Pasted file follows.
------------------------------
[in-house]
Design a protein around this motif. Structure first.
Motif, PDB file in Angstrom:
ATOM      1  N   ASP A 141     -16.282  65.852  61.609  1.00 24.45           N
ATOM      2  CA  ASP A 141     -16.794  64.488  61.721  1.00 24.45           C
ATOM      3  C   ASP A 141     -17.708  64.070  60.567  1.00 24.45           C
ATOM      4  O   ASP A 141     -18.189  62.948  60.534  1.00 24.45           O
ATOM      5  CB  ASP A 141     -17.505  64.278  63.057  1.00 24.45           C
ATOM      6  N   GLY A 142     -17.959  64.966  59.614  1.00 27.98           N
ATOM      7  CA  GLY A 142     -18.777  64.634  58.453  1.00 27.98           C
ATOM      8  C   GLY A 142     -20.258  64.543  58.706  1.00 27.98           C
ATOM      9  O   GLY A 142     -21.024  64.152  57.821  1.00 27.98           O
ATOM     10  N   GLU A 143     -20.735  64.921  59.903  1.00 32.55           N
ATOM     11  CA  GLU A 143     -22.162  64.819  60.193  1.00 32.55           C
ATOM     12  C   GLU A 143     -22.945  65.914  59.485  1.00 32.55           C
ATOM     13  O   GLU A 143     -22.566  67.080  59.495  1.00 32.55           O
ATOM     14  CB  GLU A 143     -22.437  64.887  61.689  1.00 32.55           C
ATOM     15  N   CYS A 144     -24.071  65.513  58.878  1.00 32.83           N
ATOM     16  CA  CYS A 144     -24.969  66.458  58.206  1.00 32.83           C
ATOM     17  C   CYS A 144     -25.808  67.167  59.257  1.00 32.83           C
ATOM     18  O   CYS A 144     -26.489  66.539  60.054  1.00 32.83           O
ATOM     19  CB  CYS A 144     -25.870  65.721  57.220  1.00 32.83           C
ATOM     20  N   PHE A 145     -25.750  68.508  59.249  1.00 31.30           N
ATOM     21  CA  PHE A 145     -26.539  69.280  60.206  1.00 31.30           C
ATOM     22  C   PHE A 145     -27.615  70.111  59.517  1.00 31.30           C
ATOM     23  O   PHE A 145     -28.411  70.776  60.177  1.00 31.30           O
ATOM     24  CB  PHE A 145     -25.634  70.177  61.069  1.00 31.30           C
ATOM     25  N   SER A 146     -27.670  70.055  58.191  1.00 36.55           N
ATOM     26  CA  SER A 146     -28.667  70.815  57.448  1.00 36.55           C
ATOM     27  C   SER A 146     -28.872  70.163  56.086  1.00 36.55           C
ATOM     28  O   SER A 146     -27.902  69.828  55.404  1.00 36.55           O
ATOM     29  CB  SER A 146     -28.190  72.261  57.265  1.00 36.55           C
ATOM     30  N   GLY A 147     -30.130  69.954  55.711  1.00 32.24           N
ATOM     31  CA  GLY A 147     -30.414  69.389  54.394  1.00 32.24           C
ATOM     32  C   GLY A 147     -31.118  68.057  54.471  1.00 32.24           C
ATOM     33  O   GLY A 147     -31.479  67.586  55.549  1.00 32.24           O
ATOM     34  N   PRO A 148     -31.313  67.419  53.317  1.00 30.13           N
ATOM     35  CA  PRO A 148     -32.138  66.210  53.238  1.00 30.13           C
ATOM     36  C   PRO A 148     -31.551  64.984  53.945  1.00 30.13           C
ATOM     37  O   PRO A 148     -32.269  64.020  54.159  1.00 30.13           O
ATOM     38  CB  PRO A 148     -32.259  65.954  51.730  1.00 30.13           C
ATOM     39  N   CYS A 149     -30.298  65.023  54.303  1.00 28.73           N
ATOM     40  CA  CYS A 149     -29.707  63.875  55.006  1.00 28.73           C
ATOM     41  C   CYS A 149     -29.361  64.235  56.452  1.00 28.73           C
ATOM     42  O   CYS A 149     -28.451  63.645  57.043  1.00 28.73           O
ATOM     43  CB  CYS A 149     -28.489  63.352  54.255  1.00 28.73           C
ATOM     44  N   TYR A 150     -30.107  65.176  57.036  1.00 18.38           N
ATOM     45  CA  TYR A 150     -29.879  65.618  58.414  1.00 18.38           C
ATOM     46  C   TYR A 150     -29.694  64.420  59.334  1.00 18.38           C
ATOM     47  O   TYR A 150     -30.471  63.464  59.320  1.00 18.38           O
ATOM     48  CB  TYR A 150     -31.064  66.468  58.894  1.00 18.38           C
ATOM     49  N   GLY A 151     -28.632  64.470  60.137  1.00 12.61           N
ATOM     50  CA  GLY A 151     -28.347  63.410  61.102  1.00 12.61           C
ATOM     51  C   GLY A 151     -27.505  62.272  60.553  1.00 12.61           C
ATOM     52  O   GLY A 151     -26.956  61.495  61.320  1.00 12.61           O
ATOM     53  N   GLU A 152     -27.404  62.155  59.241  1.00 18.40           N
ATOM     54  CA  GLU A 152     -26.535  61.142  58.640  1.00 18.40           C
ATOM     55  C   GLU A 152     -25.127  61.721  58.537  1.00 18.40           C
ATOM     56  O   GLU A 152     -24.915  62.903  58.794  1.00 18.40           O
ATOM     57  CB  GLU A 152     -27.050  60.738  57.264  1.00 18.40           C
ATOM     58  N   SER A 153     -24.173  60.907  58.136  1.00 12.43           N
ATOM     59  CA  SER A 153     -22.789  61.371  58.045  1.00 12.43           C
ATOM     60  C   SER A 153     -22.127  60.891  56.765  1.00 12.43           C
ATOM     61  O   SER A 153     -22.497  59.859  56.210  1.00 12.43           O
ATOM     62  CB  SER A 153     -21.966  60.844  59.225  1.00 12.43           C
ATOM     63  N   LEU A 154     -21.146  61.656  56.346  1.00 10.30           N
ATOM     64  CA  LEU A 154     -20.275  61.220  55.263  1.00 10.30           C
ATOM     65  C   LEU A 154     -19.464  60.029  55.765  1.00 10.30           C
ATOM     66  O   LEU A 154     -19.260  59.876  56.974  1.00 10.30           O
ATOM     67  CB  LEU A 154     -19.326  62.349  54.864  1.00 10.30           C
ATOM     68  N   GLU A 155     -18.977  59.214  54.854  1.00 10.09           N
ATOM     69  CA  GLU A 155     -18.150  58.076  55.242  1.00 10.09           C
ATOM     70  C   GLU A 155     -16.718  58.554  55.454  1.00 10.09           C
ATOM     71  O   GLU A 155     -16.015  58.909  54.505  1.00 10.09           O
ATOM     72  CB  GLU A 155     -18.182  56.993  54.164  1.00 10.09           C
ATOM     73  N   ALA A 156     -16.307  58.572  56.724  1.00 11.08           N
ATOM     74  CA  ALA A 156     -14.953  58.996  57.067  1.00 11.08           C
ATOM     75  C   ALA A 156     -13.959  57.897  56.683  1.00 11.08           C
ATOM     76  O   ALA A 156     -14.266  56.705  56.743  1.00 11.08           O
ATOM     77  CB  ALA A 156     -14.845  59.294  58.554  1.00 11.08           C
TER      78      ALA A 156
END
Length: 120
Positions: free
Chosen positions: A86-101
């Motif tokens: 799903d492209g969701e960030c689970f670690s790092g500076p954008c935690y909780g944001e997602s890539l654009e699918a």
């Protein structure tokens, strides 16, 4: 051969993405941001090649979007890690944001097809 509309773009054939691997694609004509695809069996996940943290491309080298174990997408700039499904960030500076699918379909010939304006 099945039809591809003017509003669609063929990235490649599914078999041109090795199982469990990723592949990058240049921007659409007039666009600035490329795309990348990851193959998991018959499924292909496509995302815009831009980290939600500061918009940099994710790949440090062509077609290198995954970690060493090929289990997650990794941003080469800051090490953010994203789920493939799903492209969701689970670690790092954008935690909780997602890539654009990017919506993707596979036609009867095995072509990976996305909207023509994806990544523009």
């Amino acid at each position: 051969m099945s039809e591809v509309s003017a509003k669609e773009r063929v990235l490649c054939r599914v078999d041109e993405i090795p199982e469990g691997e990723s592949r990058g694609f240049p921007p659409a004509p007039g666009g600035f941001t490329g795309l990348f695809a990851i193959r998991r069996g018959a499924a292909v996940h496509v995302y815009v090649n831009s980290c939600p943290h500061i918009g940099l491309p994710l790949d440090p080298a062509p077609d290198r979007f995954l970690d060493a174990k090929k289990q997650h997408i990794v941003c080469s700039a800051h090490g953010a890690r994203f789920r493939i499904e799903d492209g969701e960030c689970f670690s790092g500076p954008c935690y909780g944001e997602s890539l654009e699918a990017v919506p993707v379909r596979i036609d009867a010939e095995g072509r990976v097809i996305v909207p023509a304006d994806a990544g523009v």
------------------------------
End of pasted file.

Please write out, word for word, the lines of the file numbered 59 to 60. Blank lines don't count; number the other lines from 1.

ATOM     56  O   GLU A 152     -24.915  62.903  58.794  1.00 18.40           O
ATOM     57  CB  GLU A 152     -27.050  60.738  57.264  1.00 18.40           C